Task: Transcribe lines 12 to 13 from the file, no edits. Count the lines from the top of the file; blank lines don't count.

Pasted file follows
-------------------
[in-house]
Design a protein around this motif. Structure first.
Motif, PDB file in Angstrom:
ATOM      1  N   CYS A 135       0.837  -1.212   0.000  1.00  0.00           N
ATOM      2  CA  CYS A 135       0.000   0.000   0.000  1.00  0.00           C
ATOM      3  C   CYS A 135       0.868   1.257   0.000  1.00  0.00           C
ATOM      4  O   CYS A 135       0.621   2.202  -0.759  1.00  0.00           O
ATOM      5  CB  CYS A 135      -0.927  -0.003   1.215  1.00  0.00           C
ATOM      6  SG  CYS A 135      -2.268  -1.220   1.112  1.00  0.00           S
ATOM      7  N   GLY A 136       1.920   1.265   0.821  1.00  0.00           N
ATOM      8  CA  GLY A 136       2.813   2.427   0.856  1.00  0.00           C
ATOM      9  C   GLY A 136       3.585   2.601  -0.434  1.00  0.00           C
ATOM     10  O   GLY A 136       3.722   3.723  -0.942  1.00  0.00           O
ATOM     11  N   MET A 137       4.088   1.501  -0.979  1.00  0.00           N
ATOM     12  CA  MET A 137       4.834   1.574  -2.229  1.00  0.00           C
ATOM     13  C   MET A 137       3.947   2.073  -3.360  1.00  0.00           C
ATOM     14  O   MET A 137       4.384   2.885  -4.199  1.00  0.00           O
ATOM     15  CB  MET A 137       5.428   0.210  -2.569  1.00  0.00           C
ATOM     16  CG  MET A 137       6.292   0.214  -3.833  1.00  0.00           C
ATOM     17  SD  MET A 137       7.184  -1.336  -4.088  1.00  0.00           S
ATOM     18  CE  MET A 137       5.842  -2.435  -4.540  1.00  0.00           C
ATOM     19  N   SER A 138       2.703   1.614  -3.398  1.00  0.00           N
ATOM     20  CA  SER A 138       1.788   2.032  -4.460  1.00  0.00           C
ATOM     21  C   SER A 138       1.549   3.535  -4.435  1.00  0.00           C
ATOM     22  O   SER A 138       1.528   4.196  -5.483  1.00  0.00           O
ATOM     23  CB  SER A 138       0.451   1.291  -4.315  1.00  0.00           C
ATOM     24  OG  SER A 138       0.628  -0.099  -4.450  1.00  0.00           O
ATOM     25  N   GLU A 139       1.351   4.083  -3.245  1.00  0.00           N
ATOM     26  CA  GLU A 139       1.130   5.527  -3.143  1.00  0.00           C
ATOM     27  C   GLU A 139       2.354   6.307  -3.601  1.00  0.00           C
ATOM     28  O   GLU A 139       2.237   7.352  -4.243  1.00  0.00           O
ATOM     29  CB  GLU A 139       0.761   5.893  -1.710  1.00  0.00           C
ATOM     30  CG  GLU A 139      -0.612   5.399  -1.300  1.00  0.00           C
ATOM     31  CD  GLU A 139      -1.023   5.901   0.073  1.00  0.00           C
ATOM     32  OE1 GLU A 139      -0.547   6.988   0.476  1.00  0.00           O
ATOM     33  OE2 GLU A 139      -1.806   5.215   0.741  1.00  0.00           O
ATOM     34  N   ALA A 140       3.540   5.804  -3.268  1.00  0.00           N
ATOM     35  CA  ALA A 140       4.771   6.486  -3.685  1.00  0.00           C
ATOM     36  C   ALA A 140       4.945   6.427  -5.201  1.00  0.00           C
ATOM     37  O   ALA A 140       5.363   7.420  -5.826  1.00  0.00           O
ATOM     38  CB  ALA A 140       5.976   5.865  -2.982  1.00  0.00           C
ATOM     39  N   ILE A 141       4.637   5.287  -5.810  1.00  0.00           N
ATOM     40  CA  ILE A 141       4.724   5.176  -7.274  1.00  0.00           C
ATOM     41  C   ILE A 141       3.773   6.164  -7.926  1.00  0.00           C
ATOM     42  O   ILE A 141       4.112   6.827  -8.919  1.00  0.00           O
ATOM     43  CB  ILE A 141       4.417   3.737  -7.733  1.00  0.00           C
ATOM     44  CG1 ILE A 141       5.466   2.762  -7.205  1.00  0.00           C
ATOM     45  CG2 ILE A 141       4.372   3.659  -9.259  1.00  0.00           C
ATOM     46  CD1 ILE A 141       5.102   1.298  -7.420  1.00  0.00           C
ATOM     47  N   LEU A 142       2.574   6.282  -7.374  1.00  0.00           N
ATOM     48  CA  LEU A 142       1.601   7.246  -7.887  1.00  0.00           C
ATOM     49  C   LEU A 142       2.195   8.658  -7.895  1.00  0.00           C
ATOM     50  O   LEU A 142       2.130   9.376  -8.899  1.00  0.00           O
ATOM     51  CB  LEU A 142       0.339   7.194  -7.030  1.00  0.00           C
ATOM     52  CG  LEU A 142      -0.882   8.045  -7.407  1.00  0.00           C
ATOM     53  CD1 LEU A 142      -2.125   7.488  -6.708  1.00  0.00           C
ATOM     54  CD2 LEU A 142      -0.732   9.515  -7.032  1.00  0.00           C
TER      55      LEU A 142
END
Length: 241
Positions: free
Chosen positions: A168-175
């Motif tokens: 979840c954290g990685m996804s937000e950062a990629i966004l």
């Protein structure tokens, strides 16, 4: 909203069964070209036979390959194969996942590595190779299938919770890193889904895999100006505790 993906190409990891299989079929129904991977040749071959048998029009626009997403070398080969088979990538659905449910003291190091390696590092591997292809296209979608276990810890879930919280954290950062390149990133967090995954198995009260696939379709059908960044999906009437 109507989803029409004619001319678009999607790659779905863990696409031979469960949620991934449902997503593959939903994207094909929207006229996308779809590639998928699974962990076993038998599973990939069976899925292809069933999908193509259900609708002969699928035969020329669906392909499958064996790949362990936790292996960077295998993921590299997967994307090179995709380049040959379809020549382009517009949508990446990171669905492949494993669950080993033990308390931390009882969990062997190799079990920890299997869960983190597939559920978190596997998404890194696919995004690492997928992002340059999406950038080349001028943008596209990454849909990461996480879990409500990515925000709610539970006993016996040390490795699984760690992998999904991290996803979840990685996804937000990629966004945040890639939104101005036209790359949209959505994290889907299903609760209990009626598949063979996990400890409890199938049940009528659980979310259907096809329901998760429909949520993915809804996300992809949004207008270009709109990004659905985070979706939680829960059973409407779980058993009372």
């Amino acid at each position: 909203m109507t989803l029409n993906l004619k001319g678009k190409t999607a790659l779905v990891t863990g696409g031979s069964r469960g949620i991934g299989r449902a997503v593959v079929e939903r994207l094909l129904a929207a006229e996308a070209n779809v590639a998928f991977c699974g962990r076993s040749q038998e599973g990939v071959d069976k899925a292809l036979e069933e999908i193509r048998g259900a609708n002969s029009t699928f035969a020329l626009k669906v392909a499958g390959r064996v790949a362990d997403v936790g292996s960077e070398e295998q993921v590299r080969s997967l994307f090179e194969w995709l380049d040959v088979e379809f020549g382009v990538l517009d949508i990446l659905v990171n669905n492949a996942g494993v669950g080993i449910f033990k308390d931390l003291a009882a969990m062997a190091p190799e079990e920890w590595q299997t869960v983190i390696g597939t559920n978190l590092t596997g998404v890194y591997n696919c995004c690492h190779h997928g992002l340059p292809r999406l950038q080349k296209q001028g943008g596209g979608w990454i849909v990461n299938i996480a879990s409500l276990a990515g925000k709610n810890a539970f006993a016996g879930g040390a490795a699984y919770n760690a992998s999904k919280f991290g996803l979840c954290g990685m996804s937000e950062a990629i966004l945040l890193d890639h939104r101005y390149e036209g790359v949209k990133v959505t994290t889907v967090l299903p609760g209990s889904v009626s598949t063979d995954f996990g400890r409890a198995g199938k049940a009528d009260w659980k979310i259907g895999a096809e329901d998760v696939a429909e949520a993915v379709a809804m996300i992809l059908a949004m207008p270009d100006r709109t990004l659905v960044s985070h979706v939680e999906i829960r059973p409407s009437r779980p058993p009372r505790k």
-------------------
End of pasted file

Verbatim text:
ATOM      9  C   GLY A 136       3.585   2.601  -0.434  1.00  0.00           C
ATOM     10  O   GLY A 136       3.722   3.723  -0.942  1.00  0.00           O